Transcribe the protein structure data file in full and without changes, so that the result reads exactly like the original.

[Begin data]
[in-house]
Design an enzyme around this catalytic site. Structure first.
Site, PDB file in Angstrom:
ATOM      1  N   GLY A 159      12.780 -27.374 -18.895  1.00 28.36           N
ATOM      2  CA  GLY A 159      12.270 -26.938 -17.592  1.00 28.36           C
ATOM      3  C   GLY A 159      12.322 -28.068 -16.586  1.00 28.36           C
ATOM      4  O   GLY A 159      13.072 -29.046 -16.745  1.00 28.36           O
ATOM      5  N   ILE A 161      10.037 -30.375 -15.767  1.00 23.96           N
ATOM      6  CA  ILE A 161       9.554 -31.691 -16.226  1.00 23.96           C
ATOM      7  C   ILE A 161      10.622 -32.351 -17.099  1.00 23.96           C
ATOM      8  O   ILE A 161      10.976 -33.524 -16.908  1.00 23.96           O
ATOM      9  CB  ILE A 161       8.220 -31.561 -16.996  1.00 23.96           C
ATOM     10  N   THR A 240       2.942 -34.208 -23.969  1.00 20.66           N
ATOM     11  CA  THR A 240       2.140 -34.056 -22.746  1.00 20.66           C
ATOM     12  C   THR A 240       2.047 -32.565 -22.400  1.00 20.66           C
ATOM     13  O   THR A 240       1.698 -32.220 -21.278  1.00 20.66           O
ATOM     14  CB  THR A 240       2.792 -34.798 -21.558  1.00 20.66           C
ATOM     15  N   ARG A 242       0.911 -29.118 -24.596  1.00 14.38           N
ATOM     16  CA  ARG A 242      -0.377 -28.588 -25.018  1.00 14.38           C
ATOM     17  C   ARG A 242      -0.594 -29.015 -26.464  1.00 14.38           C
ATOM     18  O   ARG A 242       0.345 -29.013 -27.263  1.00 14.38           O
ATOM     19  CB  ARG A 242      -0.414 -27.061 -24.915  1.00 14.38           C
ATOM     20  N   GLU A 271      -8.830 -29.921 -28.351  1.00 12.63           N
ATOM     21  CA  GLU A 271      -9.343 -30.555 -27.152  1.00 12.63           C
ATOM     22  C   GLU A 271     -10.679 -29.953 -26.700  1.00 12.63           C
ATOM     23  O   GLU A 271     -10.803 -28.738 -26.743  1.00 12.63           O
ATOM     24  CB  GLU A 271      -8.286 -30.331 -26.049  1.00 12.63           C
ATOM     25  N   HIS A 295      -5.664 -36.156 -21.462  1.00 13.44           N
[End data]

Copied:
[in-house]
Design an enzyme around this catalytic site. Structure first.
Site, PDB file in Angstrom:
ATOM      1  N   GLY A 159      12.780 -27.374 -18.895  1.00 28.36           N
ATOM      2  CA  GLY A 159      12.270 -26.938 -17.592  1.00 28.36           C
ATOM      3  C   GLY A 159      12.322 -28.068 -16.586  1.00 28.36           C
ATOM      4  O   GLY A 159      13.072 -29.046 -16.745  1.00 28.36           O
ATOM      5  N   ILE A 161      10.037 -30.375 -15.767  1.00 23.96           N
ATOM      6  CA  ILE A 161       9.554 -31.691 -16.226  1.00 23.96           C
ATOM      7  C   ILE A 161      10.622 -32.351 -17.099  1.00 23.96           C
ATOM      8  O   ILE A 161      10.976 -33.524 -16.908  1.00 23.96           O
ATOM      9  CB  ILE A 161       8.220 -31.561 -16.996  1.00 23.96           C
ATOM     10  N   THR A 240       2.942 -34.208 -23.969  1.00 20.66           N
ATOM     11  CA  THR A 240       2.140 -34.056 -22.746  1.00 20.66           C
ATOM     12  C   THR A 240       2.047 -32.565 -22.400  1.00 20.66           C
ATOM     13  O   THR A 240       1.698 -32.220 -21.278  1.00 20.66           O
ATOM     14  CB  THR A 240       2.792 -34.798 -21.558  1.00 20.66           C
ATOM     15  N   ARG A 242       0.911 -29.118 -24.596  1.00 14.38           N
ATOM     16  CA  ARG A 242      -0.377 -28.588 -25.018  1.00 14.38           C
ATOM     17  C   ARG A 242      -0.594 -29.015 -26.464  1.00 14.38           C
ATOM     18  O   ARG A 242       0.345 -29.013 -27.263  1.00 14.38           O
ATOM     19  CB  ARG A 242      -0.414 -27.061 -24.915  1.00 14.38           C
ATOM     20  N   GLU A 271      -8.830 -29.921 -28.351  1.00 12.63           N
ATOM     21  CA  GLU A 271      -9.343 -30.555 -27.152  1.00 12.63           C
ATOM     22  C   GLU A 271     -10.679 -29.953 -26.700  1.00 12.63           C
ATOM     23  O   GLU A 271     -10.803 -28.738 -26.743  1.00 12.63           O
ATOM     24  CB  GLU A 271      -8.286 -30.331 -26.049  1.00 12.63           C
ATOM     25  N   HIS A 295      -5.664 -36.156 -21.462  1.00 13.44           N